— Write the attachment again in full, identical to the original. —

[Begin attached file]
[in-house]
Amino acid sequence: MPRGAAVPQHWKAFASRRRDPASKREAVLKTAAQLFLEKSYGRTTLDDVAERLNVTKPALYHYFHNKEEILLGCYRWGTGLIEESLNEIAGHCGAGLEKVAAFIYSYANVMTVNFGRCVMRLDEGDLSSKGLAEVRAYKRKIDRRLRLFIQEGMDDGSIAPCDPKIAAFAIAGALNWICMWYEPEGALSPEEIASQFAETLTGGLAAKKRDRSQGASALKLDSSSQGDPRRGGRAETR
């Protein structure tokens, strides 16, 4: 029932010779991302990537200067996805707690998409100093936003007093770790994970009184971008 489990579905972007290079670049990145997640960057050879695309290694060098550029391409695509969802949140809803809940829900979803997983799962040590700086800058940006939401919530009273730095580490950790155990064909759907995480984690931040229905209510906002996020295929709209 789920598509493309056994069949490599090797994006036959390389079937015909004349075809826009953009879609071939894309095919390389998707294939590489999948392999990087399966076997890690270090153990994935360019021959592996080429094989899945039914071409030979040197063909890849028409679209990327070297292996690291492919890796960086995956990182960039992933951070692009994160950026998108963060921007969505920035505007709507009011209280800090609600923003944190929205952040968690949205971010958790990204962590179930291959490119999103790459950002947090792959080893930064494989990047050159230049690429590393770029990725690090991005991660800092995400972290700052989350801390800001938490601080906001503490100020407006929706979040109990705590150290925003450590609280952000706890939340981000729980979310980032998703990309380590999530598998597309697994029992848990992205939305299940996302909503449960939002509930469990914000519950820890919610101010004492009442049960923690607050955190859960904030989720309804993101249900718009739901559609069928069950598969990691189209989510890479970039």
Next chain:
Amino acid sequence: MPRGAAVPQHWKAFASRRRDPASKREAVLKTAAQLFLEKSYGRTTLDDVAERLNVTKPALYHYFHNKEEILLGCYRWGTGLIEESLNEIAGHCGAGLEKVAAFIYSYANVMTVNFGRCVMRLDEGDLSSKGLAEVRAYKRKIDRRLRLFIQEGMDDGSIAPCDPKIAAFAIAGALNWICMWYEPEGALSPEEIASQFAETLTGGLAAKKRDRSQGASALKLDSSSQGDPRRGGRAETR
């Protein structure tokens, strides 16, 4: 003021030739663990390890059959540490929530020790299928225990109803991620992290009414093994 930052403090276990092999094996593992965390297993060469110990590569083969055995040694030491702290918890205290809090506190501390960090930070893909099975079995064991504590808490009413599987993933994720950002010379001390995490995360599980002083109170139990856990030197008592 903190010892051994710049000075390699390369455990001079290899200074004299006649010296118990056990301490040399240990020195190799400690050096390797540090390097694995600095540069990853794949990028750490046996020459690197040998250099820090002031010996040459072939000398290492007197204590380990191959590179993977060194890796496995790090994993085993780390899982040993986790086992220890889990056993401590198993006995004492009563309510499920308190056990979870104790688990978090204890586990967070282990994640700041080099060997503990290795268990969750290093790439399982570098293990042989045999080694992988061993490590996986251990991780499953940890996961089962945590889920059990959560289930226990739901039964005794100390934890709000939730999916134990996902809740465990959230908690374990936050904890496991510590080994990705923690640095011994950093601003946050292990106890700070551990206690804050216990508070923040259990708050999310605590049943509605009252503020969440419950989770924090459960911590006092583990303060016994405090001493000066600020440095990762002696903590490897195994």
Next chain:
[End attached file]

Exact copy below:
[in-house]
Amino acid sequence: MPRGAAVPQHWKAFASRRRDPASKREAVLKTAAQLFLEKSYGRTTLDDVAERLNVTKPALYHYFHNKEEILLGCYRWGTGLIEESLNEIAGHCGAGLEKVAAFIYSYANVMTVNFGRCVMRLDEGDLSSKGLAEVRAYKRKIDRRLRLFIQEGMDDGSIAPCDPKIAAFAIAGALNWICMWYEPEGALSPEEIASQFAETLTGGLAAKKRDRSQGASALKLDSSSQGDPRRGGRAETR
């Protein structure tokens, strides 16, 4: 029932010779991302990537200067996805707690998409100093936003007093770790994970009184971008 489990579905972007290079670049990145997640960057050879695309290694060098550029391409695509969802949140809803809940829900979803997983799962040590700086800058940006939401919530009273730095580490950790155990064909759907995480984690931040229905209510906002996020295929709209 789920598509493309056994069949490599090797994006036959390389079937015909004349075809826009953009879609071939894309095919390389998707294939590489999948392999990087399966076997890690270090153990994935360019021959592996080429094989899945039914071409030979040197063909890849028409679209990327070297292996690291492919890796960086995956990182960039992933951070692009994160950026998108963060921007969505920035505007709507009011209280800090609600923003944190929205952040968690949205971010958790990204962590179930291959490119999103790459950002947090792959080893930064494989990047050159230049690429590393770029990725690090991005991660800092995400972290700052989350801390800001938490601080906001503490100020407006929706979040109990705590150290925003450590609280952000706890939340981000729980979310980032998703990309380590999530598998597309697994029992848990992205939305299940996302909503449960939002509930469990914000519950820890919610101010004492009442049960923690607050955190859960904030989720309804993101249900718009739901559609069928069950598969990691189209989510890479970039």
Next chain:
Amino acid sequence: MPRGAAVPQHWKAFASRRRDPASKREAVLKTAAQLFLEKSYGRTTLDDVAERLNVTKPALYHYFHNKEEILLGCYRWGTGLIEESLNEIAGHCGAGLEKVAAFIYSYANVMTVNFGRCVMRLDEGDLSSKGLAEVRAYKRKIDRRLRLFIQEGMDDGSIAPCDPKIAAFAIAGALNWICMWYEPEGALSPEEIASQFAETLTGGLAAKKRDRSQGASALKLDSSSQGDPRRGGRAETR
């Protein structure tokens, strides 16, 4: 003021030739663990390890059959540490929530020790299928225990109803991620992290009414093994 930052403090276990092999094996593992965390297993060469110990590569083969055995040694030491702290918890205290809090506190501390960090930070893909099975079995064991504590808490009413599987993933994720950002010379001390995490995360599980002083109170139990856990030197008592 903190010892051994710049000075390699390369455990001079290899200074004299006649010296118990056990301490040399240990020195190799400690050096390797540090390097694995600095540069990853794949990028750490046996020459690197040998250099820090002031010996040459072939000398290492007197204590380990191959590179993977060194890796496995790090994993085993780390899982040993986790086992220890889990056993401590198993006995004492009563309510499920308190056990979870104790688990978090204890586990967070282990994640700041080099060997503990290795268990969750290093790439399982570098293990042989045999080694992988061993490590996986251990991780499953940890996961089962945590889920059990959560289930226990739901039964005794100390934890709000939730999916134990996902809740465990959230908690374990936050904890496991510590080994990705923690640095011994950093601003946050292990106890700070551990206690804050216990508070923040259990708050999310605590049943509605009252503020969440419950989770924090459960911590006092583990303060016994405090001493000066600020440095990762002696903590490897195994």
Next chain: